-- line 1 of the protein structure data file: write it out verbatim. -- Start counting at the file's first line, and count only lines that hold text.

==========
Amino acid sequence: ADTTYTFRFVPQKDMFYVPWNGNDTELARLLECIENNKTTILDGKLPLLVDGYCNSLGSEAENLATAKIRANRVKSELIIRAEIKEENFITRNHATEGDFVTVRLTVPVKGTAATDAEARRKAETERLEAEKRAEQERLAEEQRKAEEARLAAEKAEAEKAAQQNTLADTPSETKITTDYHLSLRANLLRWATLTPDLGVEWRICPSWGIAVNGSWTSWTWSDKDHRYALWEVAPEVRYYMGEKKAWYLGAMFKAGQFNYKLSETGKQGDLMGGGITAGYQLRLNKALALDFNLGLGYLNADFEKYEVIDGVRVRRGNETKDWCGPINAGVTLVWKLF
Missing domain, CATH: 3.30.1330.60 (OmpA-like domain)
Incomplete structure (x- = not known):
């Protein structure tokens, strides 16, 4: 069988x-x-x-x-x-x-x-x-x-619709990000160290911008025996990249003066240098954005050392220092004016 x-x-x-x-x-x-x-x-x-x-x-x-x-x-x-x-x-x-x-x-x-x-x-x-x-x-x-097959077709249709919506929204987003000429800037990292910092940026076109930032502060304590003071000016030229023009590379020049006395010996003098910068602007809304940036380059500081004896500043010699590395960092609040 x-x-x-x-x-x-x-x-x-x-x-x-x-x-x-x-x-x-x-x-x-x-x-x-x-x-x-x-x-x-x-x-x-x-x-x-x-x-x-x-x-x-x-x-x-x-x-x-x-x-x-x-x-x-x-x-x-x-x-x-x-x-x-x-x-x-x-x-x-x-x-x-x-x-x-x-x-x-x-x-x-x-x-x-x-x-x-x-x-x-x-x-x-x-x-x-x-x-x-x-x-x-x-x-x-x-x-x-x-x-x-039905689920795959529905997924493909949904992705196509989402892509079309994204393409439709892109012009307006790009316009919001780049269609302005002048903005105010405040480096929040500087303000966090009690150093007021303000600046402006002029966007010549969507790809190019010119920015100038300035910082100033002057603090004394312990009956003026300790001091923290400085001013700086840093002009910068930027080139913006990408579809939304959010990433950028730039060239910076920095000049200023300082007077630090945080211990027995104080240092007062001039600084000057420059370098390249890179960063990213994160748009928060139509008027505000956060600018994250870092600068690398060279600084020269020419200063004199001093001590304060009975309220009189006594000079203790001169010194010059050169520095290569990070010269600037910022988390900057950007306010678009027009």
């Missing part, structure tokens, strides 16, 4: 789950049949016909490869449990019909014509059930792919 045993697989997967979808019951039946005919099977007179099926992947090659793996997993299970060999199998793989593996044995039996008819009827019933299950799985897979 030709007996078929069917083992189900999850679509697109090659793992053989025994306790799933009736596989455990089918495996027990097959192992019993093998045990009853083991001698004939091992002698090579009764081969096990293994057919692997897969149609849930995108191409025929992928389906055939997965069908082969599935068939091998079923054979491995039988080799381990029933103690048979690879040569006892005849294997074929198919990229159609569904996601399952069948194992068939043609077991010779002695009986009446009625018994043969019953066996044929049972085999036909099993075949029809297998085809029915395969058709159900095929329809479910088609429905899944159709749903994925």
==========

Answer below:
Amino acid sequence: ADTTYTFRFVPQKDMFYVPWNGNDTELARLLECIENNKTTILDGKLPLLVDGYCNSLGSEAENLATAKIRANRVKSELIIRAEIKEENFITRNHATEGDFVTVRLTVPVKGTAATDAEARRKAETERLEAEKRAEQERLAEEQRKAEEARLAAEKAEAEKAAQQNTLADTPSETKITTDYHLSLRANLLRWATLTPDLGVEWRICPSWGIAVNGSWTSWTWSDKDHRYALWEVAPEVRYYMGEKKAWYLGAMFKAGQFNYKLSETGKQGDLMGGGITAGYQLRLNKALALDFNLGLGYLNADFEKYEVIDGVRVRRGNETKDWCGPINAGVTLVWKLF